How long will it remain purple?

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Jan 1, 2003
I've decided to go with Royal Purple for the first synthetic oil fill in my truck. I picked it up this evening and prefilled the K&N oil filter that will go on tomorrow.

The 5w-30 oil really is a very light shade of purple, violet almost. Very nice.

Those of you who have used it: how long does it retain its color?
30 seconds.

Seriously! I poured it into my wife's Honda, ran the engine 30sec, shut her down and checked the level, and the oil was not purple on the dipstick at all, it looked light brown.
I even let her old oil drain for 2-3 hours to get as much as possible out, and poured in a half quart of fresh oil before putting the plug back on to flush out even more which might've been caught in the corner of the oil pan.

Same thing with Schaeffer oil, it starts out green, but doesn't stay that way on the dipstick after.

But both oils are very good nonetheless.

[ January 18, 2003, 05:23 AM: Message edited by: Patman ]
I got the same scenario in my 2002 AcuraTL... 5w30 RP and a K&N filter.
The purple colour lasted ..Oh about 2 day as it turned to a very light brown. Then again a dont drive the car all that much. After 2 years I only have 11k Km on it...

I am eyeing some swepco oil for the minivan this spring and it is VERY dark purple..

Originally posted by RobZ71LM7:
So why is the oil purple to begin with?

From Royal Purple's website:


Royal Purple's beginnings go back to 1986 when John Williams was called in as a
consultant regarding chronic thrust bearing failures experienced in large rotary screw
compressors used in "fire flood" secondary oil recovery production. At the time, John
was "officially retired" after spending over 40 years in the lubricants business. John
quickly realized that the customers problems were being caused by operating the
compressors well above their rated capacity, thus severely overloading the thrust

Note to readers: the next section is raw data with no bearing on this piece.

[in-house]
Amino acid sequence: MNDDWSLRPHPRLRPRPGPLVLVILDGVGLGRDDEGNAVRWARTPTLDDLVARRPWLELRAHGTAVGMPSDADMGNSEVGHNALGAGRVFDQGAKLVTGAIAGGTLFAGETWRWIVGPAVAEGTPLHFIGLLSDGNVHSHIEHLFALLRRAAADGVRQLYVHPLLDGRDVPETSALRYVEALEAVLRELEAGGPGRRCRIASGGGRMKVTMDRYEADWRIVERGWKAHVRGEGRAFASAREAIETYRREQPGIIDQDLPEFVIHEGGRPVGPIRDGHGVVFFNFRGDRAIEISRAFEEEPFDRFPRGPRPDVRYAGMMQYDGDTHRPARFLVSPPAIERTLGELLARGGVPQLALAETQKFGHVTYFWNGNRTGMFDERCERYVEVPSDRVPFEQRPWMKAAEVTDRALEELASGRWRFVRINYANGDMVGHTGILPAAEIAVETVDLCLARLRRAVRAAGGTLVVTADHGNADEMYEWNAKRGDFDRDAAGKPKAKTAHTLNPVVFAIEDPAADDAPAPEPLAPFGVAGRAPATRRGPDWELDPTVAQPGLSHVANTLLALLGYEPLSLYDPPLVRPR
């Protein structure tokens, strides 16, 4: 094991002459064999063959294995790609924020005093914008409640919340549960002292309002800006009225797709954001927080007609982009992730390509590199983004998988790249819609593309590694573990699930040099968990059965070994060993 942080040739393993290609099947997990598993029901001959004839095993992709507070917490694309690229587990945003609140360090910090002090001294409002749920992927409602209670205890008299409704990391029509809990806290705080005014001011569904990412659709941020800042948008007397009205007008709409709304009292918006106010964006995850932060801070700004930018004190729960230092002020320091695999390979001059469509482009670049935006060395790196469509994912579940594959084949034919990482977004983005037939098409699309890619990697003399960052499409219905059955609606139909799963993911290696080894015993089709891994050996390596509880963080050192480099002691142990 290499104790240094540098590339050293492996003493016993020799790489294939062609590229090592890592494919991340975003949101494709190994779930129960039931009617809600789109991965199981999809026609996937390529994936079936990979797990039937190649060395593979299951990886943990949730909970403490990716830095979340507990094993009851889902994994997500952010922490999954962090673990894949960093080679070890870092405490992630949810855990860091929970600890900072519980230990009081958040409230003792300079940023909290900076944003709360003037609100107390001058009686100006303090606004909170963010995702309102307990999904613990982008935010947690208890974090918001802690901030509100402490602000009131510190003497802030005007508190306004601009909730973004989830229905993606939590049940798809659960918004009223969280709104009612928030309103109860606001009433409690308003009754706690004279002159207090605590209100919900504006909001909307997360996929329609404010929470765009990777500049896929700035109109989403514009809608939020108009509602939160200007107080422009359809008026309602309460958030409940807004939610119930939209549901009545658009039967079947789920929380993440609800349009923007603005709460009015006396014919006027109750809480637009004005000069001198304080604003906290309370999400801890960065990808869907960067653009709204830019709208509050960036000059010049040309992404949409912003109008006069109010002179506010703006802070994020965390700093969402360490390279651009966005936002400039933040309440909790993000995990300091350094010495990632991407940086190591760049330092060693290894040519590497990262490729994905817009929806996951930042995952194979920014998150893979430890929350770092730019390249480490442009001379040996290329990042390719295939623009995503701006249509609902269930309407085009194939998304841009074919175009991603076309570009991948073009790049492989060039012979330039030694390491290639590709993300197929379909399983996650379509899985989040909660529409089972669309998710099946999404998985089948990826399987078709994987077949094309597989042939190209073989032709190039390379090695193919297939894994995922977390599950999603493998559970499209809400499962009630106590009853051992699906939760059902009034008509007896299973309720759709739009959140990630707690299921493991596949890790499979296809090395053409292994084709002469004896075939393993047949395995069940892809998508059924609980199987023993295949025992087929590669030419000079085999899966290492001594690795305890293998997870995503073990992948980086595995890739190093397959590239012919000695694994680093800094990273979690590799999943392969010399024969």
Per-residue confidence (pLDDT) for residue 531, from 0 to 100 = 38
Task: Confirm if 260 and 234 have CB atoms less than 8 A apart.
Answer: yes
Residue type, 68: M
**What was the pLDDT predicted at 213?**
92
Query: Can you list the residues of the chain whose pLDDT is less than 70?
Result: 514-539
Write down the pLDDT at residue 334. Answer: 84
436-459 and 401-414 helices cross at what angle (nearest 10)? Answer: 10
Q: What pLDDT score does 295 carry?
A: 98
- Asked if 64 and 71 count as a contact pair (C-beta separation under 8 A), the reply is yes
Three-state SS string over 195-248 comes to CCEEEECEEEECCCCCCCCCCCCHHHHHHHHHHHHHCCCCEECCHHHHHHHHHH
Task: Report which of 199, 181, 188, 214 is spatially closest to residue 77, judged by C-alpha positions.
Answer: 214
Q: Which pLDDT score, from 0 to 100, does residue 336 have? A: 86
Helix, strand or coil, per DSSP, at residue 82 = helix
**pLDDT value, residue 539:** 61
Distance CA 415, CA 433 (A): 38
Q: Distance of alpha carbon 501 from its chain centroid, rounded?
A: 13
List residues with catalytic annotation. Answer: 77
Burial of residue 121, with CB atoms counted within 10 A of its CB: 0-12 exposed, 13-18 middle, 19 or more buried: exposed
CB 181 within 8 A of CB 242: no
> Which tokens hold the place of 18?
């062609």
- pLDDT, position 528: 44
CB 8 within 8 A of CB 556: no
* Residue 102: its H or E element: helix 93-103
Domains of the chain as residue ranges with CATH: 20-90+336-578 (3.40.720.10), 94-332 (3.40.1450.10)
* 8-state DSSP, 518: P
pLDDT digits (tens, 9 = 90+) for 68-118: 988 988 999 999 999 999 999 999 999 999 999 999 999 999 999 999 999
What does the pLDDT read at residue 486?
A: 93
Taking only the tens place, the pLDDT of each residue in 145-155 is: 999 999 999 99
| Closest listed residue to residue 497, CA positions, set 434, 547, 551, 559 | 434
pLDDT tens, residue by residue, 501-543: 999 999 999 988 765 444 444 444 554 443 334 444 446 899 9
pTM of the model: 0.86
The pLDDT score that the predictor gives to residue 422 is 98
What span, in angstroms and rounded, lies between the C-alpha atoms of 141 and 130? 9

bearings. John's quest to solve the problem led to the development of an oil like the world
had never seen.

Imagine an energy efficient, high film strength oil that can operate for years under heavy
loads in hot, humid environments, yet forms no varnish, sludge or lacquer deposits,
protects the heavily loaded equipment components, rapidly and completely separates
from water, and protects against rust and corrosion. John not only imagined it, he built it
... and its called Synfilm®. Synfilm®, and the proprietary Synerlec® additive technology
on which it is based, became the cornerstone on which an entire line of Royal Purple high
performance industrial, automotive, and high performance racing oils were built.

How Royal Purple Got Its Name
Upon realizing that his compressor problems were gone forever, the project engineer
was elated, but he still had one concern: He said the oil was so superior to anything he
had ever encountered that it shouldn't even look like other oils. John offered to make it
red, green or blue, to which the customer replied that he had seen red, green and blue
oils before. So John asked him what color he wanted. The customer said, "Well you
know, John, I've never seen a purple oil before." And since an oil this good couldn't be
just any purple, John decided to call it Royal Purple ... a name that has become
synonymous with "quality and value" world wide.

Is that just a fancy way of saying "marketing ploy???"

I have a special oil, too....and it comes in beige!!
"Is that just a fancy way of saying 'marketing ploy???'"

I believe I've used the word "gimmick" in the recent past.

I'm gonna make an oil ... the like of which the world has never seen. Then I'm gonna call it "Chipper Chartreuse Sooper Loob."

Wanna guess what color it's gonna be?

--- Bror Jace
I once accused my boat mechanic of not using the 15W-40 RP I supplied when he did my annual layup. To my dismay, I pumped out what I thought was my old oil, only to find nice clean new oil with only a very very slight shade of purple. On the dipstick to looked like regular brown oil. OPPS!!! What a waste. After he changed my oil, he ran the boat for about 10 min. with a gasoline/fogging concoction. This was enought to convert the oil to light brown. An expensive and embarrasing lesson.
A better Question:

Is the Purple Color of RP inherent to its the Synerlec Additive?


A colorant similar to the use in Foods for aesthetic affect?

The same question could be applied to Redline oils! Amsoil, I have never seen the color outside the bottle

Changing color? That is another important question. I can remember on newer engines the coor of any new oil seems to last much longer.

Could it be sludge? oxidation? or just natural color change of the oil? Questions for a chemist
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